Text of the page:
|Publication number||US6250831 B1|
|Application number||US 09/004,698|
|Publication date||Jun 26, 2001|
|Filing date||Jan 8, 1998|
|Priority date||Jan 8, 1998|
|Publication number||004698, 09004698, US 6250831 B1, US 6250831B1, US-B1-6250831, US6250831 B1, US6250831B1|
|Inventors||Curtis L. Craven|
|Original Assignee||Curtis L. Craven|
|Export Citation||BiBTeX, EndNote, RefMan|
|Patent Citations (9), Non-Patent Citations (2), Referenced by (14), Classifications (17), Legal Events (3)|
|External Links: USPTO, USPTO Assignment, Espacenet|
1. Field of the Invention
The present invention relates generally to apparatus such as squeegees for cleaning glass windows and other smooth, polished surfaces, and more specifically to apparatus used in automobile service stations for cleaning automobile and truck windshields.
2. Description of the Related Art
Although a great majority of modern auto service stations have in recent years converted to a self-service business style, most conscientious station management nevertheless attempts to make the self-service environment as convenient as possible to customers. This includes providing, in addition to self-service gasoline pumps, handy access to tire air and radiator water delivery hoses, paper towels and a windshield-cleaning squeegee. However, despite the convenience they add, these additional accessory items require additional equipment, and constant attention and maintenance, because they are so frequently worn out, used up, stolen and/or negligently or intentionally damaged.
For example, a service station providing a windshield squeegee for customers' use must normally also provide a bucket or wall-mounted reservoir containing windshield washing detergent or solvent. In addition to the effort and expense of providing and perhaps installing these, personnel needs to attend to keeping such bucket or reservoir full and from being stolen, along with the squeegee. Indeed, in some locations, an untethered squeegee will not last more than an hour or two before being stolen and needing to be replaced, thus making it economically impossible for management there to provide the convenience of a squeegee to its customers. And, where window-cleaning squeegees get high-volume use, personnel needs to re-fill reservoirs every hour, or two, thus distracting personnel from other duties.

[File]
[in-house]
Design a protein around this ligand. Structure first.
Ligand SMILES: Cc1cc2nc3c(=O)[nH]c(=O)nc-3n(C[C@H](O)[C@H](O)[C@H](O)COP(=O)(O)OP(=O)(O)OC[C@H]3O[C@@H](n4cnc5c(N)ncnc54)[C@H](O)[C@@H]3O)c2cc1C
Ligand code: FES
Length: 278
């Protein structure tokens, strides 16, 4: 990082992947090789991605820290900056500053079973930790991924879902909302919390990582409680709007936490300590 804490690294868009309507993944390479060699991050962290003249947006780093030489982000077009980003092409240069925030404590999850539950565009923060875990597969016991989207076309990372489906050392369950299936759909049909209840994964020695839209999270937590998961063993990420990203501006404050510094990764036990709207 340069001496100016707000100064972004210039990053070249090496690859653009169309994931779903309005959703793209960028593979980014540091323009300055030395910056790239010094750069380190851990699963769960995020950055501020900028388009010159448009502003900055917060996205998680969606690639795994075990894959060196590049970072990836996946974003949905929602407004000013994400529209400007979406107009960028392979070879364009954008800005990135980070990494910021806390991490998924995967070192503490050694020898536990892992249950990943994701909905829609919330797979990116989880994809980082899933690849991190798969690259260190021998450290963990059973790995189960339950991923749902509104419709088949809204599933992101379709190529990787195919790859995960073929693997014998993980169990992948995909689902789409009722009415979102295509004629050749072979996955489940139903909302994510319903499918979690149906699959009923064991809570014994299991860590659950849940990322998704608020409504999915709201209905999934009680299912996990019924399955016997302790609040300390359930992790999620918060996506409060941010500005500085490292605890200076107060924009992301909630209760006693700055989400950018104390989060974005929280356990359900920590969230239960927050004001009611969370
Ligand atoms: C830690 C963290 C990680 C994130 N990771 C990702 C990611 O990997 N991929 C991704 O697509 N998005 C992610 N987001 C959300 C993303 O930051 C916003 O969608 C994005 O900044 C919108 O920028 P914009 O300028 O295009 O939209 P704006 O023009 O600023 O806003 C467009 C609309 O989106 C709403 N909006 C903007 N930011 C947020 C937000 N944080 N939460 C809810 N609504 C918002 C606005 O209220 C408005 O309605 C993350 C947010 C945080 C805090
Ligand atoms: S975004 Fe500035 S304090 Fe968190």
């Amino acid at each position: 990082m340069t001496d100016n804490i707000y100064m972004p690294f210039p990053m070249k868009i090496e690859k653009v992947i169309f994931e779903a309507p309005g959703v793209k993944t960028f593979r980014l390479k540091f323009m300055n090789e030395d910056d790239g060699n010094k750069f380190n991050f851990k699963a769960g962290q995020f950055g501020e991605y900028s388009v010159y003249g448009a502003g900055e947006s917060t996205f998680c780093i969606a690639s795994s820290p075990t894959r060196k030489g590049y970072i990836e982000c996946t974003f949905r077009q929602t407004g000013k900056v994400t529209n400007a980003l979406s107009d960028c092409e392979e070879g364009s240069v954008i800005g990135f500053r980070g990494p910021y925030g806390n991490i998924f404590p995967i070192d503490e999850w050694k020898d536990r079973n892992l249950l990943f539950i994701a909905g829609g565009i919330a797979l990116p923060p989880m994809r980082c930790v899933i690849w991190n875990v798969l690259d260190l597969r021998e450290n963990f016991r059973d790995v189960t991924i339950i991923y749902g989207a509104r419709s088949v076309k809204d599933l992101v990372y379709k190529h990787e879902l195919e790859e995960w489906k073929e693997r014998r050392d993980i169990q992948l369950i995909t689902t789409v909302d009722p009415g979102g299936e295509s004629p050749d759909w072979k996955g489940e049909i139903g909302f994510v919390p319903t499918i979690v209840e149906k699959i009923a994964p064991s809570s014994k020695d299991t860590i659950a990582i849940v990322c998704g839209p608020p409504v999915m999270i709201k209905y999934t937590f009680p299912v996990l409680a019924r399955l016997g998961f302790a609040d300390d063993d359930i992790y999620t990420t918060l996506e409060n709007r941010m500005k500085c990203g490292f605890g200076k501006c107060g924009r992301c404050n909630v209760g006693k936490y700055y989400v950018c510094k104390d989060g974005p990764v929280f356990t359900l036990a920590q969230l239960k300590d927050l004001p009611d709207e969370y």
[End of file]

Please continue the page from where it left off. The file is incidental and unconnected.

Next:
Water delivery hoses of the type normally used for filling an automobile radiator may be relied upon for window-cleaning water, but these too are subject to wear, negligent damage, vandalism and theft. The valved nozzles at the hose ends are run over and damaged, or cut off by thieves; sometimes, the entire length of a hose is stolen. Further, the conventional construction of these valved nozzles is often not advantageous to automobile service station customers' use. For example, in operating a valved nozzle to fill a hot radiator, the user's hand must be very close to the radiator and other hot parts in an engine compartment which may cause burns. Conventional garden-type hoses without nozzled ends may merely be inserted into a radiator neck; but, these have drawbacks, as well, in that water flow and volume must be controlled with a bibcock at the input end of the hose. This makes it very difficult to monitor the fill-level of a radiator unless the vehicle is able to be pulled up close to the bibcock at the hose's input end.